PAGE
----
- Admissions & Aid
- Student Life
- Mercy in Action
Medical laboratory scientists play a critical role “behind the scenes” in the healthcare industry, working in labs to analyze and interpret various samples from the human body in order to provide medical data that helps physicians diagnose and address illness and disease. Without these healthcare professionals, physicians would not know what is wrong with and how to best treat a patient.
Medical laboratory scientists’ work has proved exceptionally relevant in 2020 — they have been busy processing COVID-19 tests since the start of the pandemic.
If you’re interested in this type of crucial, in-demand work, this article covers:
Medical laboratory science is the work of preparing, investigating, and analyzing samples of biological material from the human body to identify sources of disease and determine the validity of data then reporting results that allow physicians to make their patient diagnosis. As technology evolves, so can the work of a medical laboratory scientist.
While there are varying titles for a medical laboratory scientist, in most situations these roles have few differences and similar similar job requirements. Some of the names a medical laboratory scientist could have include:
These professionals work in labs (often in healthcare facilities), and their scope of work can vary thanks to the many specialties within the field. These span clinical chemistry, hematology, coagulation, toxicology, immunology, microbiology, transfusion services, the emerging field of molecular diagnostics, and more.
However, all medical lab scientists typically perform these tasks:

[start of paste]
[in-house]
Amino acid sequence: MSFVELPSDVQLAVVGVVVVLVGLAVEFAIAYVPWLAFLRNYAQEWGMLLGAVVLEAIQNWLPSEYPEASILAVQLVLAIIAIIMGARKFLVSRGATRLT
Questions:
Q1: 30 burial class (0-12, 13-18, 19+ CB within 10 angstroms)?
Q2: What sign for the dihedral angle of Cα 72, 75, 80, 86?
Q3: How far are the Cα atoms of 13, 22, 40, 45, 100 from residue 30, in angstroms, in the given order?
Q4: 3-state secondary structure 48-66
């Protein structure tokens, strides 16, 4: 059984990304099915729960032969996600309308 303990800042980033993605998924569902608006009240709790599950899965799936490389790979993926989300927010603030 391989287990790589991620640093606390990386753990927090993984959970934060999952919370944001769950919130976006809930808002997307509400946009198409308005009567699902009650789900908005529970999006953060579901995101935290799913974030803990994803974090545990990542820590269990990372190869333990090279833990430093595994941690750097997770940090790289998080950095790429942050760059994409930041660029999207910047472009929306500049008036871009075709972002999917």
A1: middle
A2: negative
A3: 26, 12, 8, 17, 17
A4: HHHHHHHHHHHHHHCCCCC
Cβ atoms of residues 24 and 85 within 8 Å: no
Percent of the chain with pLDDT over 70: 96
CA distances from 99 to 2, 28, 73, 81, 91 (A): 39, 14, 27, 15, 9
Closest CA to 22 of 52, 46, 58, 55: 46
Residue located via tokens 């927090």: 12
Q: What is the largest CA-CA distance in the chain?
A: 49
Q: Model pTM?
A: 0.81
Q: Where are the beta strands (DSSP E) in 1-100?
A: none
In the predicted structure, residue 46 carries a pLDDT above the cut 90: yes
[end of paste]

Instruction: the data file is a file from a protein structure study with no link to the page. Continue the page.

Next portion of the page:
Certain skills or characteristics are helpful to have prior to pursuing a medical science career path. Skills that successful medical scientists typically possess include:
There are multiple steps to becoming a medical lab scientist. Those interested should consider the following and then work to make it happen, as there is significant job growth in the field. In fact, according to the Bureau of Labor Statistics (2017), 63% of laboratories reported difficulties hiring medical laboratory scientists.
While still in high school, it’s smart to optimize your class schedule to include as many math and science courses as possible, as this will all become useful while pursuing your degree. Most medical laboratories require a four-year degree at an accredited university. Successful medical lab scientists will most commonly pursue a degree in:
Medical science students are typically required to spend time in a medical laboratory in order to get hands-on experience. This experience will allow them to get comfortable as a medical lab scientist and understand laboratory procedures. Sometimes these opportunities are built within the school’s program to allow students access to a hospital-based internship. This experience can also help inform which area of medical lab science the student will want to eventually pursue.
Medical lab scientists all work in labs but often for different types of institutions, such as:
Most medical laboratory employers will require that medical lab scientists receive certification prior to employment. Certifications are obtained by passing a medical science exam through an accredited source such as the American Society for Clinical Pathology Board of Certification, the largest agency for providing certification for medical lab scientists.
Once a student has finished the necessary higher education requirements and has become certified, they can begin looking into medical lab scientist employment opportunities. As a field that has an optimistic amount of projected job availability and growth, pursuing a career in medical laboratory science is a smart and fulfilling choice.
As natural critical thinkers and problem solvers, medical laboratory scientists are the hidden heroes within the medical field with an estimated 70% of medical decisions being influenced by their findings.
Explore the Medical Laboratory Science program at Gwynedd Mercy University to start your journey in the field!